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The 2004 Season: A Crunching the Numbers Retrospective

By request, I ran my model with the 2004 NFL Regular season and compared the results with the actual outcome of the 2004-2005 playoffs. Here I discuss how the rankings and reality stack up against each other and analyze the accuracy of my system at evaluating competitive football teams.

Nick Laham

2004. It was the highlight of Andy Reid's tenure here as the head coach of the Philadelphia Eagles and was probably a memorable time in the football lives of many readers here (except for the Super Bowl, of course). I unfortunately started following football two years too late and have no idea what it feels like for my favorite football team to win a conference championship game. That does not, however, prevent me from conducting research for fun since I my final exams are over. (NOTE: This is a lengthy post. Just giving a heads up to the "too long; didn't read" crowd.)

Below you will find the results of my algorithm on the NFL as it was in 2004. I'm sure most of the readers have fond memories of that year, but if you're like me I'll give a brief overview of what the playoffs looked like back then. I'm sure it will be refreshing to see the double digits on the other side of the dash on the Eagles' record.

Playoff Seeding, 2004

1 Pittsburgh (15-1) Philadelphia (13-3)
2 New England (14-2) Atlanta (11-5)
3 Indianapolis (12-4) Green Bay (10-6)
4 San Diego (12-4) Seattle (9-7)
5 New York Jets (10-6) St. Louis (8-8)
6 Denver (10-6) Minnesota (8-8)

Playoff Results

Wild Card Weekend
St. Louis 27, Seattle 20
New York Jets 20, San Diego 17
Denver 24, Indianapolis 49
Minnesota 31, Green Bay 17

Divisional Round
New York Jets 17, Pittsburgh 20
St. Louis 17, Atlanta 47
Minnesota 14, Philadelphia 27
Indianapolis 3, New England 20

Championship Round
Atlanta 10, Philadelphia 27
New England 41, Pittsburgh 27

Super Bowl
New England 24, Philadelphia 21

So there you have it. Seattle, San Diego, Denver, and Green Bay took an early exit. St. Louis, Minnesota, Atlanta, New York, Pittsburgh, and Indianapolis each won one game. And Philadelphia and New England each one two games to reach the Super Bowl, where the Patriots won 24-21.

In fairness, I'm already planning on improving my algorithm for next season. I debated tossing in the improvements for this post but decided against it. Keeping the same formula that I've been using all season will help with comparisons and consistency. The results were... interesting, to say the least. I'll break it down in a little bit, but first here's how all 32 teams fared in the rankings:

Rank Team Score
1 Indianapolis 26.198
2 New York Jets 24.500
3 New England 24.347
4 San Diego 23.134
5 Philadelphia 18.665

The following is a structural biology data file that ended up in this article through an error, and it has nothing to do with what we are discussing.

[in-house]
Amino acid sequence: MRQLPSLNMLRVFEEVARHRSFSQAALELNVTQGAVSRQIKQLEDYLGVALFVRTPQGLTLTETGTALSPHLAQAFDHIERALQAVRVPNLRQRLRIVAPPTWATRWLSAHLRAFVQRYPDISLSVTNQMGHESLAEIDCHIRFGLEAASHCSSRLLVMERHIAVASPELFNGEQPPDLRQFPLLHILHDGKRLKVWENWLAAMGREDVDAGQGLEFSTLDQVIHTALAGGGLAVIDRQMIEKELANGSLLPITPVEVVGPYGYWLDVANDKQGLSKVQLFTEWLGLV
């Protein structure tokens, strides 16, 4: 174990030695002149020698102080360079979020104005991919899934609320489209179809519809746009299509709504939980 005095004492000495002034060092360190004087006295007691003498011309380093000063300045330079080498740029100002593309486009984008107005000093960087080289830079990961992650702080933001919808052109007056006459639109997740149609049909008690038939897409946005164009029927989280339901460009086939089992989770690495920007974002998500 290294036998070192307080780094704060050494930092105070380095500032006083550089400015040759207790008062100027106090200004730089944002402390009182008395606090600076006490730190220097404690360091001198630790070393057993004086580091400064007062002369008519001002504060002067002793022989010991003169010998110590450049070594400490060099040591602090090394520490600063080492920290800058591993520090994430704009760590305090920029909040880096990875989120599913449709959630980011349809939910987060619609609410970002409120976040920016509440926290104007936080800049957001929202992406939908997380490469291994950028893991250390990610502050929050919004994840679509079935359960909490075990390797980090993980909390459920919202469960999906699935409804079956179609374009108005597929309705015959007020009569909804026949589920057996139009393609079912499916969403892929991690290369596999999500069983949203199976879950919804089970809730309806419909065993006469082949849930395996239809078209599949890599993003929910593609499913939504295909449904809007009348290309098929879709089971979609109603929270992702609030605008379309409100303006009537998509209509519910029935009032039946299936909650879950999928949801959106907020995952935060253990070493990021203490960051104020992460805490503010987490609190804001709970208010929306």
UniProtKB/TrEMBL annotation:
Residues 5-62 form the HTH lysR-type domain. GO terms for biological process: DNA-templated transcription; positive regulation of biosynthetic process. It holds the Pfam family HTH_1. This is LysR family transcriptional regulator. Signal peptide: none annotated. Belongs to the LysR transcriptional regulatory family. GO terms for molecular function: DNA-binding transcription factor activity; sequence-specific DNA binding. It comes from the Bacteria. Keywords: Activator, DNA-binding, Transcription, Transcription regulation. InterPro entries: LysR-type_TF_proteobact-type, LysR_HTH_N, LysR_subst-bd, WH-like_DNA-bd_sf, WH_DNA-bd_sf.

6 Pittsburgh 17.473
7 Buffalo 16.359
8 Baltimore 15.097
9 Carolina 7.917
10 Jacksonville 5.134
11 Seattle -0.526
12 Atlanta -0.796
13 Washington -1.950
14 Cincinnati -3.551
15 Houston -3.818
16 Detroit -4.856
17 New York Giants -5.010
18 Arizona -5.676
19 Minnesota -7.070
20 New Orleans -7.274
21 Denver -8.368
22 Tampa Bay -11.821
23 Kansas City -13.994
24 Green Bay -20.279
25 Tennessee -20.433
26 Chicago -21.362
27 Cleveland -31.014
28 Miami -32.330
29 Dallas -34.368
30 Oakland -38.546
31 St. Louis -43.140
32 San Francisco -47.622

First, a comparison of the playoff picture. Unlike my other posts, where I seed each team based on their ranking, I'll do the opposite. I'll look at the playoff seeding as it happened and compare each team to their rank in my algorithm.

1. Pittsburgh (6)
2. New England (3)
3. Indianapolis (1)
4. San Diego (4)
5. New York Jets (2)
6. Denver (21)

1. Philadelphia (5)
2. Atlanta (12)
3. Green Bay (24)
4. Seattle (11)
5. St. Louis (31)
6. Minnesota (19)

Now onto the original question. How good were the 2004 Eagles? This discussion could have taken two paths depending on how Philadelphia performed in my system. If they had done poorly, like St. Louis, I would be looking into exactly what differences led to the discrepancy. But there was a nice harmony between my rankings and the actual outcome; according to the formula the Eagles were the best team in the NFC that year, and they ended up representing the conference in the Super Bowl. Unfortunately that does not close this issue, because we still have St. Louis, an 8-8 team that was second-worst in my rankings but still won a playoff game on the road. Therefore, it must be decided how flawed the system actually is. If it is deemed to be inaccurate, then the Eagles' ranking as the best team in the conference is inaccurate, at least from a correlation standpoint. Let's dive in and see how the rankings compared with reality in the end.

St. Louis is an interesting case because they are very similar to the 2012 Colts. Both teams are near the basement in my system but both are wild card teams. The 2004 Rams are much more extreme in this inconsistency, because they could not do anything right statistically. The were outscored by an average of five points per game. They allowed over three sacks per game. They gave up almost five yards per carry on defense. They averaged one fumble lost per game and committed twenty-four more turnovers than they forced. Twenty-four! How they managed to win eight games is beyond me, especially when you consider how similar those statistics are to the 2012 Eagles. And yet, the 2004 Rams not only made the playoffs, but they beat the Seahawks on the road. Is that a fluke? Or is there something fundamentally wrong with my system? I might be a little biased since this is my algorithm, but I'm inclined to think that this is a fluke.